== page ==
by Chef Tom Hunt
Food brings people together and creates and strengthens communities first around the table, but also whole communities of farmers and producers around the globe.
Buying Fairtrade-certified ingredients sends a clear message to the food system that you care about the people who made your food and ensures that a fair proportion of your money is filtered down to the farmer.
Buy a bar of Fairtrade chocolate – or make the specially designed truffles (recipe below) and dive into the experiment!
Chocolate Biodiversity Experiment
The biodiversity and growing conditions or terroir of a plant and product affect its ﬂavour, nutrition, aroma and even its appearance. Chocolate is a perfect example of how biodiversity is expressed in taste.
The Theobroma cacao tree grows in the rich soils of the tropical rainforests, in a global belt 20 degrees north and south of the Equator. While much of the ﬂavour of cacao is attributable to the genetics of the plant, the fermentation and drying of the cacao beans, post-harvest, along with each region’s soil composition, climate, altitude and other factors, contribute to regional differences in ﬂavour.
Follow these steps to taste the biodiversity in your chocolate.
Before and during the tasting, think about the country, region and even the farm where the chocolate has come from. Try looking up images of the location to help you visualise it. Research and consider the growing conditions, altitude, type of soil and, importantly, the cacao species.
Study the chocolate’s appearance, what hints of colour can you see? How light or dark is the chocolate, can you see hues of red, orange or purple?
Close your eyes, pinch your nose and pop the chocolate on the front of your tongue, as this will cut off your sense of taste. How does the chocolate feel in your mouth? Is it creamy, smooth or textural? Is it fatty and unctuous?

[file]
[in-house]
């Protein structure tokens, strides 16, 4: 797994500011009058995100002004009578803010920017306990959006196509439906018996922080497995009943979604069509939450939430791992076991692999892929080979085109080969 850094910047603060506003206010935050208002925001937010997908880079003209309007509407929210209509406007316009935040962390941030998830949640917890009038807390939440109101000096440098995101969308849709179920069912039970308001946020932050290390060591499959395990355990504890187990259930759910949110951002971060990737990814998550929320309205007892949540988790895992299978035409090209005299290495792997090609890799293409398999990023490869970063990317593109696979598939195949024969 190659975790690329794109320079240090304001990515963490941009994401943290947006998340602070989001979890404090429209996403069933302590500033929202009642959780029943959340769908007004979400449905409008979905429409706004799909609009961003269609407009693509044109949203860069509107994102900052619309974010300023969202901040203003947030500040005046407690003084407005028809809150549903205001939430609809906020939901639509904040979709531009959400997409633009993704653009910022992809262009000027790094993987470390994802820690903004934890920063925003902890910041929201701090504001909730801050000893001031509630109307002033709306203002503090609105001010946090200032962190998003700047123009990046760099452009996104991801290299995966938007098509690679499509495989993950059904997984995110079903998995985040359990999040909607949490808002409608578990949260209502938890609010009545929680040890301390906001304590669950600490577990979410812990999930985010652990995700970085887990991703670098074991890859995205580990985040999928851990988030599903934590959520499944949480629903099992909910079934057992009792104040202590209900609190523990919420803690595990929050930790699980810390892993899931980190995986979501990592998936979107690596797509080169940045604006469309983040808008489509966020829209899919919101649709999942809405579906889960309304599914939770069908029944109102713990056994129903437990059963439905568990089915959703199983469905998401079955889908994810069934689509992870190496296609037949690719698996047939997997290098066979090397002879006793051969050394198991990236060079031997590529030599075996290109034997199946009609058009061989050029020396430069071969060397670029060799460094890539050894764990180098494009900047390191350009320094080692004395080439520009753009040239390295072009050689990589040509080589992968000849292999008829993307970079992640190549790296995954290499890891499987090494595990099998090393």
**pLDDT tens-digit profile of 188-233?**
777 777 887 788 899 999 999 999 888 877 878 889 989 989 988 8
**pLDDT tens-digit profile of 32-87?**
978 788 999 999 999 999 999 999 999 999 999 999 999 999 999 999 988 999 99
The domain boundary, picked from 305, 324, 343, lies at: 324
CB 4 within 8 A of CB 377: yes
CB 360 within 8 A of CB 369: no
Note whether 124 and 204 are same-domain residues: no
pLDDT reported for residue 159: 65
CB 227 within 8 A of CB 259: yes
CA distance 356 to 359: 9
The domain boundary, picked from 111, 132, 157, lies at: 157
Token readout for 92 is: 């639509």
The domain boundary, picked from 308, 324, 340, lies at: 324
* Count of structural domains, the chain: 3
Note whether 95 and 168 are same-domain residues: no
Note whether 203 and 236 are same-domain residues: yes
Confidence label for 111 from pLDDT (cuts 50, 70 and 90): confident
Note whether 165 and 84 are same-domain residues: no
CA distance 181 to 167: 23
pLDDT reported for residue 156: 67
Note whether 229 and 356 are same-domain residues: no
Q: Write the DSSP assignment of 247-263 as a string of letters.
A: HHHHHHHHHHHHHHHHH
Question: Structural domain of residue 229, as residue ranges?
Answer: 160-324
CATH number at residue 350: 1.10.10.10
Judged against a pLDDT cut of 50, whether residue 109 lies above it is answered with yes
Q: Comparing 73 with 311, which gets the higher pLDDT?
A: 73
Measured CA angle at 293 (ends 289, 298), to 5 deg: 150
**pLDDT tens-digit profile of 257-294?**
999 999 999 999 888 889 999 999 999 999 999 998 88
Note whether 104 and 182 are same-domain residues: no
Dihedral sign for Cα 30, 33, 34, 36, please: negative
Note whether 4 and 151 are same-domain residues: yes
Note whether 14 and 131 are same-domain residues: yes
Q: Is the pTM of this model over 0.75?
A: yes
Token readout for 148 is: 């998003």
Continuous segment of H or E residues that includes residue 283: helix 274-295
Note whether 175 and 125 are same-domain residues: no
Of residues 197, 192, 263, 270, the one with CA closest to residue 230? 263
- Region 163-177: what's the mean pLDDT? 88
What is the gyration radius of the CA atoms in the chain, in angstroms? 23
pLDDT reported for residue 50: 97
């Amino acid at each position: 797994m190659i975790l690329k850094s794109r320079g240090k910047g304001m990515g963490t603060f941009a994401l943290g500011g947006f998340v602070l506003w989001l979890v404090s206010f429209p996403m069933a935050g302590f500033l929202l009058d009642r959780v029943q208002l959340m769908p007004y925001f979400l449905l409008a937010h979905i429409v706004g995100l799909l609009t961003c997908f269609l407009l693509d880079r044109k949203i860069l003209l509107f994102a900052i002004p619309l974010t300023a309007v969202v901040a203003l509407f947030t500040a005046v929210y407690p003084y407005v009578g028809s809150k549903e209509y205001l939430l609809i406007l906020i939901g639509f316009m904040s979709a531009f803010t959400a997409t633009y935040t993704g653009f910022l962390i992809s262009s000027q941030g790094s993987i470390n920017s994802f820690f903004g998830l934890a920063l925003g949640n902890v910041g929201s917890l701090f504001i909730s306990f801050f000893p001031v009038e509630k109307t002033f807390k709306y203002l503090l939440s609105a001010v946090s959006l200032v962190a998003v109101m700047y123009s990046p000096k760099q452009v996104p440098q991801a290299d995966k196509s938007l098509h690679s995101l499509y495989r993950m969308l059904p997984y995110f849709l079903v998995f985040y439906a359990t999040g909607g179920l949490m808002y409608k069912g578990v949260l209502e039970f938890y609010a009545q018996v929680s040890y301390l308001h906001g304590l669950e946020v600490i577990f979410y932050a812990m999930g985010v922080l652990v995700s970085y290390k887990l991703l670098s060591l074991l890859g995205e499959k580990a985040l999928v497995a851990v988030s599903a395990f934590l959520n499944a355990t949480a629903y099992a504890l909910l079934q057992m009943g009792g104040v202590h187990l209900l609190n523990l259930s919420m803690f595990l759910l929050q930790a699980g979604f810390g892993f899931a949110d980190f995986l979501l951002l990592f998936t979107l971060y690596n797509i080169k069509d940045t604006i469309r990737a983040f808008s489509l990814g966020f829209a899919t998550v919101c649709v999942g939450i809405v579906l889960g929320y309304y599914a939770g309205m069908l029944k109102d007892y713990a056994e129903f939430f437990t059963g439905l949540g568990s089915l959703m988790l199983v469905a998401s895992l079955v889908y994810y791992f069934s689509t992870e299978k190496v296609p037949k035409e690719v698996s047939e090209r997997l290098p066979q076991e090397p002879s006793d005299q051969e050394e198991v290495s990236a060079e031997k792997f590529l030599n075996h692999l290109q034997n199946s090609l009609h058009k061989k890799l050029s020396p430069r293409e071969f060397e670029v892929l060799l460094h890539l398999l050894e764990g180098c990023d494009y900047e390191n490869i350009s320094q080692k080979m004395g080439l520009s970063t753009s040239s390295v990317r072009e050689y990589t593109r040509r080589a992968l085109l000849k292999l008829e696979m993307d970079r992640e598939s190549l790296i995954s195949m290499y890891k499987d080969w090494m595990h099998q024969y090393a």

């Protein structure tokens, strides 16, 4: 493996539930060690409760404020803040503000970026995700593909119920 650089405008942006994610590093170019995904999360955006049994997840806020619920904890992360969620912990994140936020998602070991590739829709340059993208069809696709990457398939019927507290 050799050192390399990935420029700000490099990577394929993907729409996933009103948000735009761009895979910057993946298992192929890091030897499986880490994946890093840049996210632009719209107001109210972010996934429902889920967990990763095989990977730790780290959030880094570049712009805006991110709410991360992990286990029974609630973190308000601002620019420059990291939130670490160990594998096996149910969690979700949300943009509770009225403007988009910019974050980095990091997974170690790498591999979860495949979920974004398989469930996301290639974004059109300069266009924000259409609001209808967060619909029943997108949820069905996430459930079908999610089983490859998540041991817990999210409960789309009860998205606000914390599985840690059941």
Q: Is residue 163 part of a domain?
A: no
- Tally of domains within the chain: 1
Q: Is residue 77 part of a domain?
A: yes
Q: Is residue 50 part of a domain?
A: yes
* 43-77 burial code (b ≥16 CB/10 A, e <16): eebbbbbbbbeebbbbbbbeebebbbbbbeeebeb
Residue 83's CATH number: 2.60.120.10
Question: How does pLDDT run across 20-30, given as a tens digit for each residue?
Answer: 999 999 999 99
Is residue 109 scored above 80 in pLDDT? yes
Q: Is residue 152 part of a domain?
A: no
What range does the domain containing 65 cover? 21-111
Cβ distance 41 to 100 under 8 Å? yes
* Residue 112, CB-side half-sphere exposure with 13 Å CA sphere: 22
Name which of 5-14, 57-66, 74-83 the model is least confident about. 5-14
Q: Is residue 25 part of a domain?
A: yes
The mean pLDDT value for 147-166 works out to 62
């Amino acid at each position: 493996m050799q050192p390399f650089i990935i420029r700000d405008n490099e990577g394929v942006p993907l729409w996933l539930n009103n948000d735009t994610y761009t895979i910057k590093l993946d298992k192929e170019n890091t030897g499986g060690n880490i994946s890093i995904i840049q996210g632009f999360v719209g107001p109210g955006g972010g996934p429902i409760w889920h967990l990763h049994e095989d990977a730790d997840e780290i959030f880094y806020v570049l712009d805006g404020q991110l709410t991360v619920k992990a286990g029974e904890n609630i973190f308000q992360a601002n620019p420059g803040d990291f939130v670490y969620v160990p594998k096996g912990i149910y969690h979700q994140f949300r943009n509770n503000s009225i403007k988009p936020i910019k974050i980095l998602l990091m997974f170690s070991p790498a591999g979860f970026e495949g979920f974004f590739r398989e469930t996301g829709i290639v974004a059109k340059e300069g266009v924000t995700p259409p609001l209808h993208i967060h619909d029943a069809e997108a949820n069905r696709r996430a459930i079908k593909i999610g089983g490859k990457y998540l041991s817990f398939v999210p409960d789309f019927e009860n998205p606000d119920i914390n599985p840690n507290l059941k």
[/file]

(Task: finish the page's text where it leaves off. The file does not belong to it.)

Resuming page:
Release your nose, keeping the chocolate on the front of your tongue, and allow the chocolate to melt and ﬁll your mouth with ﬂavour, then chew and swallow. Consider the longevity and complexity of the ﬂavour. Is it sweet or bitter? Does it have a high or low acidity? Is it astringent and sour or fruity and caramelised? Are there any other ﬂavours it reminds you of?
Chocolate Truffle recipe
As a meditative eating experiment, I’ve designed this chocolate truffle recipe made from a simple water ganache, which brings out the natural and intense ﬂavours of the chocolate, to taste the biodiversity and terroir of a Single Origin chocolate. Take your pleasure seriously, taste slowly and contemplate the origin of the chocolate’s nuanced ﬂavours. Immerse yourself in the experience, imagine the jungle and nature that surrounds you.
Makes about 16 small truﬄes
150g Fairtrade Single Origin chocolate, such as:
- Try Divine’s deliciously rich milk chocolate sourced from Kuapa Kokoo co-operative in Ghana
- Try Seed & Bean’s single origin dark chocolate from Ecuador
- Try Chocolate & Love’s single origin dark chocolate from Panama
Cocoa powder, to dust
Line a small tray or plate with unbleached parchment paper. Finely chop the chocolate into pieces. Pour 80ml water into a small saucepan and bring to a slow simmer, then remove from the heat. Add the chocolate pieces to the pan and set aside for 1 minute. Single Origin chocolate can be more sensitive to heat and movement than cooking chocolate, so be careful to not overwork it. Gently stir once or twice until the chocolate has melted, then pour onto the lined tray or plate. Sprinkle lightly with sea salt and then refrigerate for 1 hour, or until set. Turn out onto a chopping board, cut into rectangular pieces and dust with cocoa powder to ﬁnish.
Fairtrade date and cranberry energy balls30 April, 2020
Anna Jones fabulous Fairtrade Orange and Chocolate Rye Muffins26 February, 2018
Banner photo of chocolate by Tetiana Bykovets on Unsplash
Photo of cocoa dusted truffles by Mae Mu on Unsplash